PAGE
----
Photo of Tommy Sanders

Q: Have you noticed it’s been colder this winter? I wonder if the bass will survive alright?

- James Douglas, Charlotte N.C.

A: It's Sooo Cold...

Photo of tournament anglers fishing in winter
The bass certainly will survive the cold, but for anglers it can be another story. (James Overstreet photo)

Oh gosh, how did I miss that?  Colder, you say?

That would explain why I’m seeing lawyers with their hands in their own pockets. That’s why I’ve noticed stressed out drivers giving each other the mitten. It’s so cold I’m down to burning old jokes!

Yes, Jimmie, it’s been a cold one. It’s been like Chicago here in the Mid-South and in Chicago they’re getting the Winnipeg experience. My pal Zona in Michigan says that he’s happy he won a broadcasting award recently because he can use it to smash some random person over the head if one more howling subzero front passes through.

To be fair, though, history tells us that it’s actually been cold in the wintertime before. Several times, as it turns out. And the bass have seemed to survive.

As most people will tell you, “it’s because they are cold blooded,” which is certainly true. The body temperature of a bass is going to be the same as that of the water he’s in. But that doesn’t mean he can freeze solid and still survive, contrary to one old myth.

The bass appeals to us because he is the high performance muscle car of the fish world -- quick starting, fast, aggressive and willing to take down just about anything.  But when the water temps get way down there, he definitely undergoes some lifestyle changes.

For one thing, the menu suddenly shrinks. So many of the insects, reptiles, crustaceans and other delicacies go underground or elsewhere. The remaining food sources become more spread out and harder to find. There’s just a whole lot less going on up and down the food chain.

For the bass, life becomes a matter of carefully parceling out the energy available -- and the plan does not include working harder to eat more food. He actually does the opposite, eating far less and conserving the energy that fuel provides. To eat more wouldn’t work well, even if he found the mother lode of grub -- because the extremely cold temperatures cause his digestive system and metabolism to work incredibly slowly.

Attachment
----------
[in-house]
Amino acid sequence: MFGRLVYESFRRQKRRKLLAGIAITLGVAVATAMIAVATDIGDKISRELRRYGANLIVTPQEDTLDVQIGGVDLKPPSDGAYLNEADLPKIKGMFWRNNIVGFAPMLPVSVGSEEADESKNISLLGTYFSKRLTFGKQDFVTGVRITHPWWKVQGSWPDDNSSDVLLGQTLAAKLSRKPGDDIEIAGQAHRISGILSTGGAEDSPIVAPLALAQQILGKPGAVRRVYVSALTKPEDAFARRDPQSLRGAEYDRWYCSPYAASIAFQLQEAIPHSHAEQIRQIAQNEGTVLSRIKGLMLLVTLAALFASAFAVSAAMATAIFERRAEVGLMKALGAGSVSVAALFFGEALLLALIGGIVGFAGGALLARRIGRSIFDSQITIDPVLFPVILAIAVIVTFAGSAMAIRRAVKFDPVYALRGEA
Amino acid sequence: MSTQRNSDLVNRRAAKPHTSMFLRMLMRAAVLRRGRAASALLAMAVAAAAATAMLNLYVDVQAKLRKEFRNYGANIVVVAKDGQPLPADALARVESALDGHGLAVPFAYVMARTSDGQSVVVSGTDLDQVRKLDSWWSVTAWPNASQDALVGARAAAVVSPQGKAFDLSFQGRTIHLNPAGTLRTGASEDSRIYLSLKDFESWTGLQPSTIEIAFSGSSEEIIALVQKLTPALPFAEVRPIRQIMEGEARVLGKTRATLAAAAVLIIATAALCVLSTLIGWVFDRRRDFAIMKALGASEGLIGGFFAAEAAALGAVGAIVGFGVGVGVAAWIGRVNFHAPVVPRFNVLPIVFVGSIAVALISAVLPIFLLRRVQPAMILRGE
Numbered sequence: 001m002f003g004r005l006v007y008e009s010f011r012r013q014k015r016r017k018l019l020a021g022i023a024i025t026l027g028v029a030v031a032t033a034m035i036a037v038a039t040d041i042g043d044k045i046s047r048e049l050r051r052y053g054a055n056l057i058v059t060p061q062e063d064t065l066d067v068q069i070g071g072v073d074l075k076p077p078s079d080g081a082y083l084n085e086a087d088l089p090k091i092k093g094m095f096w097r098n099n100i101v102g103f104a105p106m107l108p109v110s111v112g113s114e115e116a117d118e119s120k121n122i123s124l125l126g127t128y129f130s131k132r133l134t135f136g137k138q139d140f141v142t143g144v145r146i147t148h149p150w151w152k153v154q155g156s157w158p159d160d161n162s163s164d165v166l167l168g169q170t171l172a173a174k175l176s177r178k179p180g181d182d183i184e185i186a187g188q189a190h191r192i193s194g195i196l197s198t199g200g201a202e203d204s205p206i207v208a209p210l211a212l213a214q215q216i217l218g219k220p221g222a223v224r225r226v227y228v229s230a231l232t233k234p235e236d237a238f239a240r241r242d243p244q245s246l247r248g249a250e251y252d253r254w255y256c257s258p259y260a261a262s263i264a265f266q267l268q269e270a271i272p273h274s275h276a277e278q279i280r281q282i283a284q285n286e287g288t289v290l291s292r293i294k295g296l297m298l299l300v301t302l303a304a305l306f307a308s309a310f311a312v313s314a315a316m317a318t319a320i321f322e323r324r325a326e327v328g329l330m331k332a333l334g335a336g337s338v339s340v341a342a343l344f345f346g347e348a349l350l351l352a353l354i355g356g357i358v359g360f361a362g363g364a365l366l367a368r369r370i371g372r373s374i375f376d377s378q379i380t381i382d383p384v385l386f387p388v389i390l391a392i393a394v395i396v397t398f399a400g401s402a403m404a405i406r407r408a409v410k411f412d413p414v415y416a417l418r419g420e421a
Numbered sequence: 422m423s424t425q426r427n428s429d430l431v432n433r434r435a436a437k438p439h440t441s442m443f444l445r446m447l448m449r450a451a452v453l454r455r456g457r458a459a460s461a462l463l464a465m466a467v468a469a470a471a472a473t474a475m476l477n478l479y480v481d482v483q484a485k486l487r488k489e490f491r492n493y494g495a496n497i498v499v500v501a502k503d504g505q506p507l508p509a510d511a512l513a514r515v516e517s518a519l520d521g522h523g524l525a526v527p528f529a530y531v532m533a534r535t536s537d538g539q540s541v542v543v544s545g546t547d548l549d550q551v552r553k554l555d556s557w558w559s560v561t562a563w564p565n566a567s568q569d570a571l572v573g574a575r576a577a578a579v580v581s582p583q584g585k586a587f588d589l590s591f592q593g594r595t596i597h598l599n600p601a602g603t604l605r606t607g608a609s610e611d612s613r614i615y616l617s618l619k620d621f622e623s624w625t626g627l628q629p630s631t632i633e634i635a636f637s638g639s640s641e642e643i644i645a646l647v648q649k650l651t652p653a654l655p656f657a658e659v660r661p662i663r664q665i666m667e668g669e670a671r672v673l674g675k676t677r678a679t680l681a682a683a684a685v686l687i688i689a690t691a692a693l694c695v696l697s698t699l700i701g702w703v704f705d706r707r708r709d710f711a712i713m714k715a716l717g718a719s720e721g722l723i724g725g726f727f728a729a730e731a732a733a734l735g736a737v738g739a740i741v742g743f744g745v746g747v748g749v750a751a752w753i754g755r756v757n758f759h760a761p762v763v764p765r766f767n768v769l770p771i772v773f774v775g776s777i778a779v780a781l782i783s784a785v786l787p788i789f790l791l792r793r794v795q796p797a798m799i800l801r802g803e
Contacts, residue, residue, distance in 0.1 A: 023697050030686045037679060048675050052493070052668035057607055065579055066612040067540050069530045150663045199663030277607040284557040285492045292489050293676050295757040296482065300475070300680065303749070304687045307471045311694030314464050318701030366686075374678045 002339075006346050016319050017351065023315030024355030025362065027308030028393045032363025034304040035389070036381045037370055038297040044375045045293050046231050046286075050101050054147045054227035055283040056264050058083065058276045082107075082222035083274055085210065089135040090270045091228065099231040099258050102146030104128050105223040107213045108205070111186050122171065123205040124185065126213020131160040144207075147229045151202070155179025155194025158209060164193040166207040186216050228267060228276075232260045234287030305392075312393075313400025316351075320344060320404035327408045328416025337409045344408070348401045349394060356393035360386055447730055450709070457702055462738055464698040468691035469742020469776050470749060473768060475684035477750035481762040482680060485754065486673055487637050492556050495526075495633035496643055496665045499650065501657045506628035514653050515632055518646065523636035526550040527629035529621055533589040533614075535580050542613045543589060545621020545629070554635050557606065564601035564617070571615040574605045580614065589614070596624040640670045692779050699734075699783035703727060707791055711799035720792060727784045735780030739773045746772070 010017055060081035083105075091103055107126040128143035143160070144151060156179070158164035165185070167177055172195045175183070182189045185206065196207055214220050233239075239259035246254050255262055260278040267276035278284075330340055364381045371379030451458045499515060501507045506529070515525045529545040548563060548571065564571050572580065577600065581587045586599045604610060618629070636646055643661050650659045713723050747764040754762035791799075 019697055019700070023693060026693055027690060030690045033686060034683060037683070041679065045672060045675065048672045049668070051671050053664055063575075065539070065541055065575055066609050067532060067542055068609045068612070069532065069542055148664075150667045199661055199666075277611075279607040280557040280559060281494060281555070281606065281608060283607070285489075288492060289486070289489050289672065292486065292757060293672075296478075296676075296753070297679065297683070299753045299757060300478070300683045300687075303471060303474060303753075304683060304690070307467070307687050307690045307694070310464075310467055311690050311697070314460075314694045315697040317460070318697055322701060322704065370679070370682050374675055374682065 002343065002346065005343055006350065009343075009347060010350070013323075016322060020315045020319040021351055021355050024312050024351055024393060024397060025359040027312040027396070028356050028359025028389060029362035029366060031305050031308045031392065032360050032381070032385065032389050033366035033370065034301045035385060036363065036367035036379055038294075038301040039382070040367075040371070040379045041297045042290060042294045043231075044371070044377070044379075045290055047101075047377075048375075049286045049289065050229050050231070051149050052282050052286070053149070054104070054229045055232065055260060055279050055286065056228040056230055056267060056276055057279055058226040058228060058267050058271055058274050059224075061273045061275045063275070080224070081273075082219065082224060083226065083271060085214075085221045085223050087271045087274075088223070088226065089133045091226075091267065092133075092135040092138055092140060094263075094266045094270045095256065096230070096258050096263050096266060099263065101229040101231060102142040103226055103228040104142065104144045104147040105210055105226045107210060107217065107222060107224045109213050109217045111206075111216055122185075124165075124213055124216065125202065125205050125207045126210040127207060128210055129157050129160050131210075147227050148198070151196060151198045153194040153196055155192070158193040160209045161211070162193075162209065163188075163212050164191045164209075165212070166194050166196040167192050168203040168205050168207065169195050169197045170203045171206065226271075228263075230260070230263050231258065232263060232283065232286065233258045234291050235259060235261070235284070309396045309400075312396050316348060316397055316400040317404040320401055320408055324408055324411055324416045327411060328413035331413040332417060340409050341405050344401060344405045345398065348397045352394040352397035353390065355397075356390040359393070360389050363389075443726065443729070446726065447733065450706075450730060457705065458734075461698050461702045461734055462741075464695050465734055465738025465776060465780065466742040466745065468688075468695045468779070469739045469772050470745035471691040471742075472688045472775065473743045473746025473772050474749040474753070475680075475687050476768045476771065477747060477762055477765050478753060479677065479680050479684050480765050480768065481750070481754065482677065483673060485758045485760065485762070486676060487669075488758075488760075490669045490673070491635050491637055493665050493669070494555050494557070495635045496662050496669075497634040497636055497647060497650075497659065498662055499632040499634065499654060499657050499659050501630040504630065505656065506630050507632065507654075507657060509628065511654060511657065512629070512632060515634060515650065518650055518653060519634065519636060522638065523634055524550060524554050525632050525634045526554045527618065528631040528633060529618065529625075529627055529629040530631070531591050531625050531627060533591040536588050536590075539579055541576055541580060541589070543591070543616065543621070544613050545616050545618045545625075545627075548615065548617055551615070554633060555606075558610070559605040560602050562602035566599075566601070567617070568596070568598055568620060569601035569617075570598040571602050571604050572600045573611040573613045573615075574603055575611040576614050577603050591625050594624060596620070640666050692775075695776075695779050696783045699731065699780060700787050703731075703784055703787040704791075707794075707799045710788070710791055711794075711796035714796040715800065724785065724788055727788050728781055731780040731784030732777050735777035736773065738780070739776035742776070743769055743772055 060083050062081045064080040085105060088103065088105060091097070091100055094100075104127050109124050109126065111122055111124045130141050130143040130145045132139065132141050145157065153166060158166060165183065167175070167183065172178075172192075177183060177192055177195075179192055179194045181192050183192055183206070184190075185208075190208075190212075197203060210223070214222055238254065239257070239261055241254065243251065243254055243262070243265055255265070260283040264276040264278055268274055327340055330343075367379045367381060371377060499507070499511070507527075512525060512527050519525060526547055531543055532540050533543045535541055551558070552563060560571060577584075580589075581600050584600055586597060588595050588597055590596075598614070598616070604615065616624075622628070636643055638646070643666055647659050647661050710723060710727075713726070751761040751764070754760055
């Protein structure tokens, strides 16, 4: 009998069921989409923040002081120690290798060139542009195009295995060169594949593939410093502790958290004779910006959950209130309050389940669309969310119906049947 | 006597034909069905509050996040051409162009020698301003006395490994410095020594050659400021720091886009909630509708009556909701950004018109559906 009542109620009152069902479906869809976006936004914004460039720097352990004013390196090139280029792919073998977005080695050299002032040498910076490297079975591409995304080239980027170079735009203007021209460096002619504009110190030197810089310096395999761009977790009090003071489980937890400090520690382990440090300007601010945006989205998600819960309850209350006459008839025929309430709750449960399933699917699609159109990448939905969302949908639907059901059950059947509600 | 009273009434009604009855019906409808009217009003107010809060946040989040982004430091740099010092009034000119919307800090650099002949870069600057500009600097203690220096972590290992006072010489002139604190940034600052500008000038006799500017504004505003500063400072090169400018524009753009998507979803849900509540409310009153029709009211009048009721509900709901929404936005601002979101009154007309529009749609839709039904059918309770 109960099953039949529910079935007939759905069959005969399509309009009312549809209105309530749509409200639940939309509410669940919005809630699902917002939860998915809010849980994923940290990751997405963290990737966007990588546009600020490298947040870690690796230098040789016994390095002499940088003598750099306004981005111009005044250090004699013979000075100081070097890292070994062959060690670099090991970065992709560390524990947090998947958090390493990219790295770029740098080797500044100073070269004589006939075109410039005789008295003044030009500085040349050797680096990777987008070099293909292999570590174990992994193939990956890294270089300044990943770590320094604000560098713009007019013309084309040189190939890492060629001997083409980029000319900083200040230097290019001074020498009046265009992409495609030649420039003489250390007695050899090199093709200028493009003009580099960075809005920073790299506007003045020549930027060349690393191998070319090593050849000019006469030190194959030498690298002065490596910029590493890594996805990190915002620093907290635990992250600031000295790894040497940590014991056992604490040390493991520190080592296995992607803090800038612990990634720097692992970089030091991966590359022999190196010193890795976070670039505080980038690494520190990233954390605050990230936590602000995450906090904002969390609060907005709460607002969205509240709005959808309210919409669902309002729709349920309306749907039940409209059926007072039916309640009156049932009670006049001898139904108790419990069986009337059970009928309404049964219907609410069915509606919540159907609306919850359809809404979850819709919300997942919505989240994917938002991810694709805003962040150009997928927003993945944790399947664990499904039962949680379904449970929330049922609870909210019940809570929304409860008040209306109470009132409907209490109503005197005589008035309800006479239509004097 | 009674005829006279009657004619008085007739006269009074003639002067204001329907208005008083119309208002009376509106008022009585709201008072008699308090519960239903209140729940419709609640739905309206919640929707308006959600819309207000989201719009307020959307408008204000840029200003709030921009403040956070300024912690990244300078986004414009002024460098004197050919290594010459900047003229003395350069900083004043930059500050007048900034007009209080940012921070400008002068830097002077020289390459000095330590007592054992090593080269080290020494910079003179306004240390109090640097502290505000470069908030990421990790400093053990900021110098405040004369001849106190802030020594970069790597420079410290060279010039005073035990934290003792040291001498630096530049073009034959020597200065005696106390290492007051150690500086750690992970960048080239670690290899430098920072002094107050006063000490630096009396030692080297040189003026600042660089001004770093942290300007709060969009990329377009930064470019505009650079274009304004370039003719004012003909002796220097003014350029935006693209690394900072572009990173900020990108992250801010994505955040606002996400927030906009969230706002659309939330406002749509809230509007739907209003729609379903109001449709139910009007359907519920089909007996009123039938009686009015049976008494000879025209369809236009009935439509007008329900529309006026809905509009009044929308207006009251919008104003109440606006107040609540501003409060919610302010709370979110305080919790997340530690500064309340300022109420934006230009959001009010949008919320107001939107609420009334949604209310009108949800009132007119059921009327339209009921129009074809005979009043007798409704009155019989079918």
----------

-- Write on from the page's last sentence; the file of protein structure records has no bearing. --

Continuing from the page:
But the thing to remember is that it’s not a total state of suspended animation. The bass will continue to feed -- just not that often. Some say that in the flat dead of a cold winter, they may only take food two or three times in the space of a month.

That kind of slowdown usually puts off most anglers. But there are some who are still game. You can see them now and again, huddled in the boat over a deep spot in between two humps, jigging a spoon or something similar so slowly that it looks like they’re falling asleep. And occasionally they do catch a good one.

Photo of an angler fishing in winter

I’m not one who does much of that type fishing, but I will tell you this: the first time I went ice fishing many years ago, I had no idea what to expect. Maybe a couple of crappie or a small stringer of perch. But I baited my hook, dropped it down and within two minutes I was reeling on something with a bit of heft to it. Shortly thereafter I’m pulling a 2.5-pound northern largemouth through a hole in the ice.

I felt lucky.

But it was so cold that... wait for it ... hitchhikers were holding up pictures of thumbs.

Previous Articles by Tommy Sanders



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Thumbnail photo of Bassmaster Pro Aaron Martens

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Photo of Jose Wejebe

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